How The American Mortgage Crisis Spread To Europe

1727 words - 7 pages

During the 2000s, there were few national investment opportunities in Europe because of low interest rates that caused government bonds to produce low returns. The solution for European investors was to turn to America where they could buy mortgage-backed securities, an investment that was considered safe and that yielded higher returns than government bonds (Fligstein and Habinek, 2011). When the American mortgage market broke down it quickly spread to other countries, and the global financial crisis was a fact.

In this paper I will start off by explaining the background for the mortgage crisis in the US. Afterwards I will try to elaborate how this could spread across the world and make ...view middle of the document...

After the “dotcom” crash in 2000, the Federal Reserve lowered the interest rates to make sure that the lending would continue (Fligstein and Goldstein, 2010). Houses were looked upon as a secure investment, so when the market for prime mortgages started to dry up in 2004 financial institutions gave subprime mortgages to households with low income and an unsecure ability for future payment. The conditions for the loans were to give the borrower a low rate for the first two years, and than highly increase it to compensate for this over the next years. The security of the mortgages was in the value of the house in a marked with prices that were unrealistically high. When housing appriciation decreased it caused problems for people stuck with mortgages they were not able to pay (Fligstein and Habinek, 2011). The mortgages began to breach and many people walked out on their mortgages. This caused the housing prices to do an elegant u-turn and the value of houses decreased. The investment banks became buried in CDO’s that almost just consisted of worthless houses, a package that was not exactly an exiting object to sell. This caused the market for securitization to nearly die. Several financial institutions experienced great losses on their bonds, which made them more reluctant in lending out money. This made the interest rate increase and it became hard for investors to finance their investments (Blackburn, 2008).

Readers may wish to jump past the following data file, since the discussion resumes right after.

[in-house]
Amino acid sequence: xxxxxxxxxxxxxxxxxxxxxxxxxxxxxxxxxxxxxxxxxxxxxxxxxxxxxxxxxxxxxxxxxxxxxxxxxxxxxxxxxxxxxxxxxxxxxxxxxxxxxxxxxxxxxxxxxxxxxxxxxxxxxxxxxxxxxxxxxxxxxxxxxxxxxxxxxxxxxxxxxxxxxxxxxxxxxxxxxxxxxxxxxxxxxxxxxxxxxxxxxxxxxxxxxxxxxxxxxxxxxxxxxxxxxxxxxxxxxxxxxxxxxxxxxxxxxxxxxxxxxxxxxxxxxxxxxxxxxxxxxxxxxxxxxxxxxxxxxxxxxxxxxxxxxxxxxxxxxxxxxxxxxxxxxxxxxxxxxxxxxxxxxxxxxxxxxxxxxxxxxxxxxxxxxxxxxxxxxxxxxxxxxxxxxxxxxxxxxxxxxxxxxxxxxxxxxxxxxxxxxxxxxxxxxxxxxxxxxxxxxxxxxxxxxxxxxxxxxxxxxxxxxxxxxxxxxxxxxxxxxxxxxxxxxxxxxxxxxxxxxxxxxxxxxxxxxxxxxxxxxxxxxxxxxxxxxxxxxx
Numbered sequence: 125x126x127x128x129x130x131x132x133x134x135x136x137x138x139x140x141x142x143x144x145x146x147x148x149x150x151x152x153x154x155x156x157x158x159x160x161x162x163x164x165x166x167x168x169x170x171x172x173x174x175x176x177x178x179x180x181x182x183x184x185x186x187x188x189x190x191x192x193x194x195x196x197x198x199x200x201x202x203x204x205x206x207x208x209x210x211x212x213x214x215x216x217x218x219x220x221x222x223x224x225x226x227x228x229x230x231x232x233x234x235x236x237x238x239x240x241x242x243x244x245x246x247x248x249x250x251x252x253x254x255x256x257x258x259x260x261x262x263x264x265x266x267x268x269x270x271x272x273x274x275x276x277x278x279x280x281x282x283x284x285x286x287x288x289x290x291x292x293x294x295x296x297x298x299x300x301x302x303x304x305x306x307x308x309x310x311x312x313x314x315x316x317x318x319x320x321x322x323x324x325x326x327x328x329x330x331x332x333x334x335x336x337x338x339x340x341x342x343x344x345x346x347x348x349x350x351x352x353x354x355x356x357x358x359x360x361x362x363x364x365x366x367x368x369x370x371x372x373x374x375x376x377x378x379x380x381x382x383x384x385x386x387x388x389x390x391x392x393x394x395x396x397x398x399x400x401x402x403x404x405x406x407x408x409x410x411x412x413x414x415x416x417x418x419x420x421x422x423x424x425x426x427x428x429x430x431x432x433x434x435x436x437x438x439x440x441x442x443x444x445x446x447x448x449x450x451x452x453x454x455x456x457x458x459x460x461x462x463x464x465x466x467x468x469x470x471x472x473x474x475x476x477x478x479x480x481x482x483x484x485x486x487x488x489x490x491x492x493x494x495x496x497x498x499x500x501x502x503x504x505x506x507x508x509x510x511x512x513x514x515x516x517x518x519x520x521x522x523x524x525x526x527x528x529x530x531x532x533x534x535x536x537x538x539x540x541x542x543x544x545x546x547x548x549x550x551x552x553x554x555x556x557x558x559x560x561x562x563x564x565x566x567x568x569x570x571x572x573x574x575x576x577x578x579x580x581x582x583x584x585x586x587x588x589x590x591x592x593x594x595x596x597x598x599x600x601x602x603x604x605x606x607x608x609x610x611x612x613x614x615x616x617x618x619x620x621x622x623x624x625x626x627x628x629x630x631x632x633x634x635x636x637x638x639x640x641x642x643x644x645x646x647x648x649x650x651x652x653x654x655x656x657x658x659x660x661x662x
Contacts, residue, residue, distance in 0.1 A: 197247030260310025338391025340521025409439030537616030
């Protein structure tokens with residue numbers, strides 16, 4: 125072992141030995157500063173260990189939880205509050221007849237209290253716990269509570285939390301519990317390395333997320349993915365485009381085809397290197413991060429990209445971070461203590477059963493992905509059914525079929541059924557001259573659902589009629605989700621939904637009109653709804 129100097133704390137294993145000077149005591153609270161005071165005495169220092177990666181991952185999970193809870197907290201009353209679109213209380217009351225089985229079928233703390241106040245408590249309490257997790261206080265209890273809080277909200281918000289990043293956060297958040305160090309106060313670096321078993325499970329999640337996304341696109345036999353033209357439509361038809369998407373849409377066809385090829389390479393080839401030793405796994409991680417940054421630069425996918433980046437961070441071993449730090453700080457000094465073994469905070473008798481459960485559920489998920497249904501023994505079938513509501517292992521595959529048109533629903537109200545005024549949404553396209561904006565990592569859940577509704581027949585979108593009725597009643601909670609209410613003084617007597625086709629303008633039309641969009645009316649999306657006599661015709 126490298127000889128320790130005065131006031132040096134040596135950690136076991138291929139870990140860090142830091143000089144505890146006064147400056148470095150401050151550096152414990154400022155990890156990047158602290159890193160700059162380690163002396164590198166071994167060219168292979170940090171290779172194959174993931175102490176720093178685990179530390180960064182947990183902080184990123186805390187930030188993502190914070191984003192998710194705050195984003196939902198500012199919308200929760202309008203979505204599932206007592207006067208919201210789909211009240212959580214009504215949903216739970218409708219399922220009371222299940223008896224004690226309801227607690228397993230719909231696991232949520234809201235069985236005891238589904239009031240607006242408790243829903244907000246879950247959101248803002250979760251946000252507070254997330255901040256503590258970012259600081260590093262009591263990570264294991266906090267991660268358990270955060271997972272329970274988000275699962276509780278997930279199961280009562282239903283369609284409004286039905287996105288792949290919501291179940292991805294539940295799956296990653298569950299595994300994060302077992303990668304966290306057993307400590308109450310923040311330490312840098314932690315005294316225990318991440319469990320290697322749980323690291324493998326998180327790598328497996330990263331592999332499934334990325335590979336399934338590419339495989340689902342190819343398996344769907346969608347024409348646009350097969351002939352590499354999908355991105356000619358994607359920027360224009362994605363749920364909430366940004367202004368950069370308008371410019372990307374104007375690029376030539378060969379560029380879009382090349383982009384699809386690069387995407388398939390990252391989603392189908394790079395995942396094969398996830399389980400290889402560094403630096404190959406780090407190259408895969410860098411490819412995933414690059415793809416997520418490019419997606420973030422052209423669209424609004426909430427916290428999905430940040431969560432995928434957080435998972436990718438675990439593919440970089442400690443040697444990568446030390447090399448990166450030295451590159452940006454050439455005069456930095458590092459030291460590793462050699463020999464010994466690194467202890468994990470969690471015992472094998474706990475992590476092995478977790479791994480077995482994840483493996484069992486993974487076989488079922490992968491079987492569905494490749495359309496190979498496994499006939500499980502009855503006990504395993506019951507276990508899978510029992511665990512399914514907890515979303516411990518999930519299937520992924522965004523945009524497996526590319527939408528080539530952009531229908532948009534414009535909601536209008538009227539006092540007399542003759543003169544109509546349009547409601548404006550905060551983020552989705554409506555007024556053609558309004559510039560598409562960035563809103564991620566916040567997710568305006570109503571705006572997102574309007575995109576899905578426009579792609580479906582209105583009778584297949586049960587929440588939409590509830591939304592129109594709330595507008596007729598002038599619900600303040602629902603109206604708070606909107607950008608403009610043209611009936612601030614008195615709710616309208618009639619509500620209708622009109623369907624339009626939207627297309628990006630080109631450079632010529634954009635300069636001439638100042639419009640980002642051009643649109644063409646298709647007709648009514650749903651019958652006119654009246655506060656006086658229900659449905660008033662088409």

How did it evolve into a global crisis?
In 2008 after several different financial institutions went bankrupt, the international monetary fund gave a statement that: “The world economy is entering a major downturn in the face of the most dangerous financial shock in mature financial markets since the 1930” (IMF, 2008). After 2001, government bonds worldwide gave low returns because of low interest rates. Especially in Europe there was a lack of attractive investment opportunities (Kamin and DeMarco, 2010). Government bonds in Europe were only paying 1-2% and banks did not want to invest in firms since they were not growing. When European investors discovered the American innovation of securitization applied to mortgages, they saw a solution to their problem.

European banks ended up buying mortgage-backed securities and collateral debt obligations for the same reasons as the American banks. These bonds had an AAA rating from the rating agencies in the US, which meant that they were considered safe. In addition to this they paid a 3-4% higher interest rate than the bonds issued by the government. European banks bought these bonds using cheap credit, so when the bonds turned sour, they experienced the same economic shock as the banks in the US (Fligstein, 2012). Both American and foreign investors were partially guilty in encouraging the housing bubble by demanding more mortgage-backed securities. Since the demand was bigger than the supply of healthy mortgages, banks started lending out subprime mortgages to people with low income...

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